Continuing Trend, LNR Aligns With Brokerage
LNR Partners has acquired a stake in Auction.com’s commercial real estate unit, becoming the third major special servicer to align itself with a loan brokerage.
Last May, CWCapital bought Rockwood Real Estate Advisors. Meanwhile, C-III Capital entered the brokerage arena by forming an affiliate, C-III Realty Services, in 2010. And just last month, C-III also acquired brokerage NAI Global.
The maneuvers enable the three servicers to sell distressed loans and foreclosed properties via the affiliates, thereby capturing fees that otherwise would go to third-party brokerages.
While CMBS deals issued since the market’s revival usually have provisions that restrict special servicers from using affiliates as brokers, the practice doesn’t violate the rules governing seasoned CMBS trusts. But it has raised the hackles of CMBS investors, who see a conflict of interest.
Bond buyers fear that a servicer has motivation to use its own affiliate in order to garner fees, even if an independent firm might recover more money for the trust. They worry, too, that an affiliated broker could set a depressed valuation on a loan that is being sold to another affiliate, thus short-circuiting the “fair-market value” process that is supposed to protect the bondholders.
The complaints have gained traction with the buy side because LNR, CWCapital and C-III handle more than four-fifths of the $70 billion-plus of CMBS loans in special servicing, according to J.P. Morgan. LNR has a 33.6% share, followed by CWCapital (29.4%) and C-III (20.2%).
Fitch is calling on servicers to publicly disclose when any affiliates participate in loan workouts as part of a move toward greater transparency (see article on Page 3).
For their part, the servicers defend the practice, saying that it gives them greater control over liquidations, enabling them to maximize returns for bondholders. The use of an affiliate as broker could ensure an honest auction, potentially preventing a third-party broker from bypassing the high bid to curry favor with a lower bidder, said one special-servicing pro.
“Yes, we charge fees,” he said. “Yes, we get paid. But the question bondholders should be asking is what is the best way to get the best outcome. And this gives us control to do that.”
Added another servicer: “In the traditional model, you have brokers who want to build relationships with big firms, so they may have an incentive to direct a sale to a large player.”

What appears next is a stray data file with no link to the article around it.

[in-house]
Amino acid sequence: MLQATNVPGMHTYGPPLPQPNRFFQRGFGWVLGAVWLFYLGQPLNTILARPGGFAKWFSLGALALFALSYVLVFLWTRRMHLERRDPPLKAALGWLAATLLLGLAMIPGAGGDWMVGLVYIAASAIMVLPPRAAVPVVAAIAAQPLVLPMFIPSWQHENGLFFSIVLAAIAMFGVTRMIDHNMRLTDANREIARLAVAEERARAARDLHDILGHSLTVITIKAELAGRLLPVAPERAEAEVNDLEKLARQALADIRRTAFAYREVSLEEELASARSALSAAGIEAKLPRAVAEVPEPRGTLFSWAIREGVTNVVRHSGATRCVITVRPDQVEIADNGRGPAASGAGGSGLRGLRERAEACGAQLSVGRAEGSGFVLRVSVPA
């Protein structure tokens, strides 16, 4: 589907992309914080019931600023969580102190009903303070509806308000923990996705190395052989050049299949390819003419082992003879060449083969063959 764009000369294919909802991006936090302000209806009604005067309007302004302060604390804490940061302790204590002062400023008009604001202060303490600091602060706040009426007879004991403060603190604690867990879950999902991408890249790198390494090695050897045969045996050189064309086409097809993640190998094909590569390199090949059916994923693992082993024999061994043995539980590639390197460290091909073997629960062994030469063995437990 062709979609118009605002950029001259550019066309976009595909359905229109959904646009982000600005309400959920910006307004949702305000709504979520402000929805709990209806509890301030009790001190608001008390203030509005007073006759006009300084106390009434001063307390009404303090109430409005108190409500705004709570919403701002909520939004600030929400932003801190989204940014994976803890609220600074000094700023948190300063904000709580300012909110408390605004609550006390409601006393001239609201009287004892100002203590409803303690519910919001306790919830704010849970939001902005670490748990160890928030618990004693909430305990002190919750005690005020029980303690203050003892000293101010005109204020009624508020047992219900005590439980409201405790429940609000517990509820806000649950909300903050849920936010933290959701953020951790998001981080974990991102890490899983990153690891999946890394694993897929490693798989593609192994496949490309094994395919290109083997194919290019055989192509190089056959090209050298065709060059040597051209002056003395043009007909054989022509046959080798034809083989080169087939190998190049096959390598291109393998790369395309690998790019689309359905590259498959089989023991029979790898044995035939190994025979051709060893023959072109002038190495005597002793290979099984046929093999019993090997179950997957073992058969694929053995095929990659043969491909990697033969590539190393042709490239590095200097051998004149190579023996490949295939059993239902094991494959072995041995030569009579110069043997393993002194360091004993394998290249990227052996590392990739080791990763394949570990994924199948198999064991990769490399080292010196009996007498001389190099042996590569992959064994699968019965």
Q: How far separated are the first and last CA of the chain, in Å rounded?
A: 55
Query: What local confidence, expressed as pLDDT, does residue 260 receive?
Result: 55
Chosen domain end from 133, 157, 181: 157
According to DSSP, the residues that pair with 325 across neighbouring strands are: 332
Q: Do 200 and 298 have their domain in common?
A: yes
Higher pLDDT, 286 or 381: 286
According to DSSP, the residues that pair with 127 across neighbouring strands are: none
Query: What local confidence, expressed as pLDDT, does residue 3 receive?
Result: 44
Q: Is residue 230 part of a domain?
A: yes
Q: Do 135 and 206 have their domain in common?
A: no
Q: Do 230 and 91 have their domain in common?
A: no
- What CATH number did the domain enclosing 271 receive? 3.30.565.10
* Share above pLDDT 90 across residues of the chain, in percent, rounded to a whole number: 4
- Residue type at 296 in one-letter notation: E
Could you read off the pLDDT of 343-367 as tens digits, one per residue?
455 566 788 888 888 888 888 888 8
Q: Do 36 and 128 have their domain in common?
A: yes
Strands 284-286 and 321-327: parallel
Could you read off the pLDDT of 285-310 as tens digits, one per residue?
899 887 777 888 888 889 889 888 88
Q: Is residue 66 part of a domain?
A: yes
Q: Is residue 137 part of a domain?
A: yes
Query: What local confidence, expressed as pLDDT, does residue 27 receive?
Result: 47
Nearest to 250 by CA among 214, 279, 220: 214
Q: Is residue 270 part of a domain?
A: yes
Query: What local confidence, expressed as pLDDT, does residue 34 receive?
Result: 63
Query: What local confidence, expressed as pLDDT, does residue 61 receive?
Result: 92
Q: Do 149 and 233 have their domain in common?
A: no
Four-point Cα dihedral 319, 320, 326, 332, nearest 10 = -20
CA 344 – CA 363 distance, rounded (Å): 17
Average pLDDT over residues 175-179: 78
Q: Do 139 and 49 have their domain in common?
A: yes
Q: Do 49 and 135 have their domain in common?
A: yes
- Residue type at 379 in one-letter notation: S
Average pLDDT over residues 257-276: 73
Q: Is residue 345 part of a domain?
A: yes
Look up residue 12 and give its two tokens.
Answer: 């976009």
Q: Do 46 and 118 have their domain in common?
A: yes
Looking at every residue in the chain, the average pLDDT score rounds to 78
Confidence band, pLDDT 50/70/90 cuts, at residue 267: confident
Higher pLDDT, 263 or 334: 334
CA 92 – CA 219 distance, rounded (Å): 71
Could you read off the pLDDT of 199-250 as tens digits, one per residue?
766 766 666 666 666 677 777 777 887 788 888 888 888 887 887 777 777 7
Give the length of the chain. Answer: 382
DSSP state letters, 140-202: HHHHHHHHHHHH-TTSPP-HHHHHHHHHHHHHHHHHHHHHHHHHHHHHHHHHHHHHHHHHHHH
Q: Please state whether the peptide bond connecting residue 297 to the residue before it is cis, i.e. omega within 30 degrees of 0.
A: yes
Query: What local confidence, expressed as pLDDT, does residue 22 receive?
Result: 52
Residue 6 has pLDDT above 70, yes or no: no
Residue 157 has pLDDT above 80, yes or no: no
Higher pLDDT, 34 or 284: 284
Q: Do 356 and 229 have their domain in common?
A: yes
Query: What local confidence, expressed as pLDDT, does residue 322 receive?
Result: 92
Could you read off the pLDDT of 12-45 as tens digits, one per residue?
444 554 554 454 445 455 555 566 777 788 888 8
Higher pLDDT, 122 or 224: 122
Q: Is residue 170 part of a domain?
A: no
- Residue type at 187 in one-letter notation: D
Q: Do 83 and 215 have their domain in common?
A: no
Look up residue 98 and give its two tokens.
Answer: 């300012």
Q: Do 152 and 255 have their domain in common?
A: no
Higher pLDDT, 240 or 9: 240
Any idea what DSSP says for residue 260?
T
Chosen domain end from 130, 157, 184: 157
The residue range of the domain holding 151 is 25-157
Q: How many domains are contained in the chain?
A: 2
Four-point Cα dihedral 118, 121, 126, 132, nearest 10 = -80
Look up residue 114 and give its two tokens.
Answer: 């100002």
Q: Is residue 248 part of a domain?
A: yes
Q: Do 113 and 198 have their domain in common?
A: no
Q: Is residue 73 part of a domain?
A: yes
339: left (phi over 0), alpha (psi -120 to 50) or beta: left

Auction.com, which is 50% owned by private equity firm Stone Point Capital of Greenwich, Conn., was formed 23 years ago under the name REDC, with a focus on brokering residential loans. In 2007, the firm established an “eBay style” online platform in which all participants can see competing bids, with the highest offer winning. In 2010, the firm launched its commercial division, which soon attracted a number of CMBS special servicers as clients, including LNR.
Late last year, LNR agreed to fold its Archetype Advisors unit into Auction.com Commercial in return for a noncontrolling stake in that operation. The transaction closed early this year. LNR had set up Archetype Advisors to handle preparatory work on CMBS loan sales before awarding sales assignments to brokerages.
Loan buyers typically pay a fee equal to a percentage of the purchase price. Auction.com Commercial charges a flat 5% fee, which it splits with the seller — the CMBS trust, in the case of securitized loans.
The split is determined by a sliding scale, based on the price, according to Jeff Frieden, chief executive of Auction.com. If a loan sells for less than $5 million, for example, the brokerage keeps most of the fee. But the split moves in favor of the seller as the price increases. For sales exceeding $15 million, the seller gets 70% of the fee. The seller’s split peaks at 86% on loans that exceed $35 million. “We use the same split with all of the special servicers we work with,” Frieden said.
The fact that Auction.com Commercial always selects the highest bidder should allay CMBS investors’ concerns about getting the best deal, he added.
By aligning with a brokerage, a special servicer can supplement the fee it is paid directly by the trust for liquidating an asset. With loan sales booming, servicers have a clear incentive to line up brokerage affiliates.
Concerns about the affiliates have added to the friction over loan workouts that has built up between senior bondholders and special servicers for several years. Senior investors contend that special servicers sometimes negotiate workouts with the goal of maximizing their fees or protecting their investments in junior bonds, rather than seeking to maximize the amount recovered by securitization trusts.
Some investors worry that questionable special-servicer practices are creating a stigma for the CMBS industry. “There is no question this is having an impact on the rebound of CMBS,” said one major investor. “This could permanently keep this industry smaller than it would otherwise be. We won’t recover as much as we otherwise would.”
To help allay investor worries, LNR recently embarked on a campaign to demonstrate its willingness to be more transparent, providing detailed post-mortem reports on its loan workouts from the past two years to a number of industry analysts. “Our disclosure was much greater than any regulators require,” said LNR co-chief executive Toby Cobb.
In touting the “open kimono” approach, Cobb said the reports demonstrate that LNR has done a good job for investors. “The bondholders should look at how much they are getting back, and how fast,” he said. “We are doing the best job for the trust that we can do.”